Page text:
I wanted to find enough reasons to pick the Huskies to actually do it.
There is no question that the Huskies have the ability to win tomorrow, and it won’t surprise me if they do. Like just about everyone, I expect a close game, and a Husky Stadium that figures to be its most raucous since the 2003 Apple Cup might be enough to pull the home team through. (The attendance could top 72,000 for the first time since that night).
But in my role as objective reporter, I look at Ohio State and see a team I still just think is a little bit better — the sort of thing that if they played each other 10 times, I figure the Buckeyes would win six or seven.
In fact, when I broke down the teams by positions, here’s who I gave the edge:
QB — Washington
RB — Ohio State
WR — Even
OL — Ohio State
DL — Washington
LB — Ohio State
DB — Ohio State
ST — Ohio State
For all that Ohio State may not have — Troy Smith, Ted Ginn Jr., Antonio Pittman, etc. — this is still a team that just last January was playing for the national title.
A team that has won 21 of its last 22 games, all but three by at least 10 points.
That still has three defensive players — end Vernon Gholston, MLB James Laurinaitis and cornerback Malcolm Jenkins — who have the potential to be as good as any in the country.
An offense that while not proven or bound to be explosive even when hitting on all cylinders, is the kind that can win this type of game on the road, built around a two-back running attack.
For all the talk of Jake Locker and the Ohio State defense, that may be the real battle — OSU’s offensive line against UW’s defensive front seven. The Huskies look much improved up front, but Ohio State still has three starters back from the line that started the national title game, including two tackles that have each started for at least three years.
The Huskies contained Ian Johnson last week, but I think it will be more of a challenge this week. I also doubt that Ohio State will move away from the running attack as quickly as it seemed like BSU did last week — the Broncos ran on just 12 of 41 plays in the second half. If Chris “Beanie” Wells can’t get it going, look for Ohio State to give some carries to true frosh Brandon Saine, a Parade All-American last season who has gotten warmed up with 70 yards on 19 carries in the first two games.
And it’s not as if Ohio State has no passing game — its receivers will be the best UW has seen so far (don’t forget that speedy Ray Small will be playing in his first game for Ohio State this year).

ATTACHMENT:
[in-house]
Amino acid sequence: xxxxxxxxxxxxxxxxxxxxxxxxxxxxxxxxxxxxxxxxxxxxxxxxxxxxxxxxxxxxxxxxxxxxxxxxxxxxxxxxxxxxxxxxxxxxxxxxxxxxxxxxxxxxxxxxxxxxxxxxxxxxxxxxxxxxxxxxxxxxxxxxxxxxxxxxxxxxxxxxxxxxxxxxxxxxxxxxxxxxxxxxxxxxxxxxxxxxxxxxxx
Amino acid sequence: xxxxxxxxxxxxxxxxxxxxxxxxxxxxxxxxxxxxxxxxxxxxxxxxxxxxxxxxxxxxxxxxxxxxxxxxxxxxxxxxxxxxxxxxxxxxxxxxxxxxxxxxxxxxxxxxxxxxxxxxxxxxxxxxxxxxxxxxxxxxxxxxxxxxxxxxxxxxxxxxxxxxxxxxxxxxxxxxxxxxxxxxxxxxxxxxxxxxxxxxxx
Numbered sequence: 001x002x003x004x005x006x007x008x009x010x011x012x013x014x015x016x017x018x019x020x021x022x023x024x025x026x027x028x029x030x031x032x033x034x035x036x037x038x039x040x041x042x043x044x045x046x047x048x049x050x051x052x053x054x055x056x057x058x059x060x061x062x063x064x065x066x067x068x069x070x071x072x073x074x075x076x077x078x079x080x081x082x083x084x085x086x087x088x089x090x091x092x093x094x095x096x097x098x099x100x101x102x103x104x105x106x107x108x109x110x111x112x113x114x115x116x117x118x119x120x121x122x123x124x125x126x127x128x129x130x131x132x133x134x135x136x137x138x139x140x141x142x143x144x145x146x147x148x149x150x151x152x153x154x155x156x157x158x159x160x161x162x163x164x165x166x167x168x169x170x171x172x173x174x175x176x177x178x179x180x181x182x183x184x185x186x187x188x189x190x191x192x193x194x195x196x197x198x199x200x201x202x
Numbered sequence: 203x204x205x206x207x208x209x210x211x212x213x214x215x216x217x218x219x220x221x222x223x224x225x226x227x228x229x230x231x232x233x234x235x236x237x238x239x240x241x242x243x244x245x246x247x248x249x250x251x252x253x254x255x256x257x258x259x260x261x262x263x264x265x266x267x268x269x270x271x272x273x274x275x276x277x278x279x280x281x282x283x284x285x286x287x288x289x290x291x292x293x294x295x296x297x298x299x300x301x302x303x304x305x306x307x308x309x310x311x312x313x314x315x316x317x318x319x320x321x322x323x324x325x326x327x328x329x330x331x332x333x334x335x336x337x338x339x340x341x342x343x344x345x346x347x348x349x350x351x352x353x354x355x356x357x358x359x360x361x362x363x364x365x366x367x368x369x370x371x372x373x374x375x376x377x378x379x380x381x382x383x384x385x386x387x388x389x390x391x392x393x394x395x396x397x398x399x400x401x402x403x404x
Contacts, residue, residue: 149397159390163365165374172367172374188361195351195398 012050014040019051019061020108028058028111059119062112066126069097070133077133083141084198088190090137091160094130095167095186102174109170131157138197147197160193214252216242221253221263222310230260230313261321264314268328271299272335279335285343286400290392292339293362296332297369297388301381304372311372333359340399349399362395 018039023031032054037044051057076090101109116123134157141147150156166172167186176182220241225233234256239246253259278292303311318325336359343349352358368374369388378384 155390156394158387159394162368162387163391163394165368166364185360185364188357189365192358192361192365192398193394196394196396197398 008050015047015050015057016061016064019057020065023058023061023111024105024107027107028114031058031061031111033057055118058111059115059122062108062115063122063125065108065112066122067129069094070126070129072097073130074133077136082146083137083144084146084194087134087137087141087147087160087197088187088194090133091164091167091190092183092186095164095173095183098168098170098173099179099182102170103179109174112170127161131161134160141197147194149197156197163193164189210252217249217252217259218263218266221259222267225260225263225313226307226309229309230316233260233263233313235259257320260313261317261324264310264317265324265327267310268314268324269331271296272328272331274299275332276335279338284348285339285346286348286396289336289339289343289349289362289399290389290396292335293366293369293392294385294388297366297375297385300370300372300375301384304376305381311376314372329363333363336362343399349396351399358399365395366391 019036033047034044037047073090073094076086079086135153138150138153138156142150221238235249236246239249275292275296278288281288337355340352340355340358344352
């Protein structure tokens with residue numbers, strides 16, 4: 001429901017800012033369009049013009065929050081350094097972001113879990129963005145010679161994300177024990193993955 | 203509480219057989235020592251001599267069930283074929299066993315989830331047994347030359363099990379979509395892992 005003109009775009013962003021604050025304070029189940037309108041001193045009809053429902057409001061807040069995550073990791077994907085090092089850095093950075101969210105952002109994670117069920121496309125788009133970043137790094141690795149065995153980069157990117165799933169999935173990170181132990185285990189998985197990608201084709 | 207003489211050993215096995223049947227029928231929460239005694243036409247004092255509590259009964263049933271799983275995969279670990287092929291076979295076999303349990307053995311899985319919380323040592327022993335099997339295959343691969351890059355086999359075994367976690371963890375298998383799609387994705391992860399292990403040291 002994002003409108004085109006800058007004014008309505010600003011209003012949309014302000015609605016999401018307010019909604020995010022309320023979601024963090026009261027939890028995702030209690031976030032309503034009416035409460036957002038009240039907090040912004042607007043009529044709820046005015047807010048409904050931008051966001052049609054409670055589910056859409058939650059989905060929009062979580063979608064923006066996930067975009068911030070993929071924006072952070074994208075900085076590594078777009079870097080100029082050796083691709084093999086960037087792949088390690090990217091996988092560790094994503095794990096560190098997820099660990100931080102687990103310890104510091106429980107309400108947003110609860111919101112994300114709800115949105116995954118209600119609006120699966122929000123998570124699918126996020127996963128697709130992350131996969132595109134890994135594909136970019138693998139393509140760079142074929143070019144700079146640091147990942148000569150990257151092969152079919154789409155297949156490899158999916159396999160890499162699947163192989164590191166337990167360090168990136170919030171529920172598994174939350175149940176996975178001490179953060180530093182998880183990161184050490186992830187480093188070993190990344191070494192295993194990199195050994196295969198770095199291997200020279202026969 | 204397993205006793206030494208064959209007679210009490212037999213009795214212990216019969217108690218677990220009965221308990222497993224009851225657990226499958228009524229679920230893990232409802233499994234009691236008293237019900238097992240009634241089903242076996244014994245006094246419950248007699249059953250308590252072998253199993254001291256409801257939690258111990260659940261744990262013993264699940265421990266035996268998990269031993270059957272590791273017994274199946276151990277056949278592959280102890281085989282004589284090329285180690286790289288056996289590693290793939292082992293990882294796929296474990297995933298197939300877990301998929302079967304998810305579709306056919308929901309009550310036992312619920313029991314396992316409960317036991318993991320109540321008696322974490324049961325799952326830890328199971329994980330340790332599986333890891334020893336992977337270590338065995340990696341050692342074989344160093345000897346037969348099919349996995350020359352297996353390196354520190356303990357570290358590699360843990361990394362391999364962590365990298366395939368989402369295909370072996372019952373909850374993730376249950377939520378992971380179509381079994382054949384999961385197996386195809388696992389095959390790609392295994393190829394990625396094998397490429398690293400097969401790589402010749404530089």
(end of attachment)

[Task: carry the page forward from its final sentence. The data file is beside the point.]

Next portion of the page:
Defensively, OSU’s linebacking corps includes two returning starters (Laurainatis and Marcus Freeman) with the new starter senior Larry Grant, the national junior college player of the year two seasons ago.
Suffice to say, these will be the best LBs UW will have faced and will present the truest challenge for Locker’s running abilities.
Locker is obviously a huge key, and his struggles against Boise State could be among the best things that could have happened for UW in regards to this game — he learned a big lesson about forcing the action last week and that knowledge should help him Saturday.
Locker obviously has to play better than he did last week.
But expect the Huskies to try to take some of the pressure off Locker by going with screens and pitchouts to Louis Rankin and other such counter plays. If UW can make those work, maybe I’ll be proven wrong.
Then there’s the special teams, another area I’d give the edge to Ohio State, especially in the return games.
How can the Huskies win?
—- Rattle QB Todd Boeckman, who may be the weakest line Ohio State has;
— Establish at least a semblance of a non-Locker running game, assuming that the Buckeyes do all they can to contain the UW QB;
— Hit a few long passes. Ohio State will likely bring some pressure, leaving some one-on-one opportunities. UW’s receivers will have to get open.
— Make no mistakes on special teams, and create some positive plays in that area.
A UW win can happen.
But I also wonder if there hasn’t been just a little too much value placed in the win over Boise State, a team that obviously isn’t as good as it was a year ago. And if too much hasn’t been placed on Ohio State’s struggles in the first two games — no doubt the Buckeyes haven’t come close to showing all that they have on offense. I also wonder if all the attention UW has gotten this week won’t also serve to wake up the Buckeyes just in case there was any danger of them overlooking UW. The Buckeyes are almost an underdog the way the national media has jumped on the Husky bandwagon.
Add it up, and I’ve got Ohio State winning 21-17.
As always, I’ll be happy to be wrong.
What we all know for sure is that it should be darn fun finding out what happens.
The opinions expressed in reader comments are those of the author only, and do not reflect the opinions of The Seattle Times.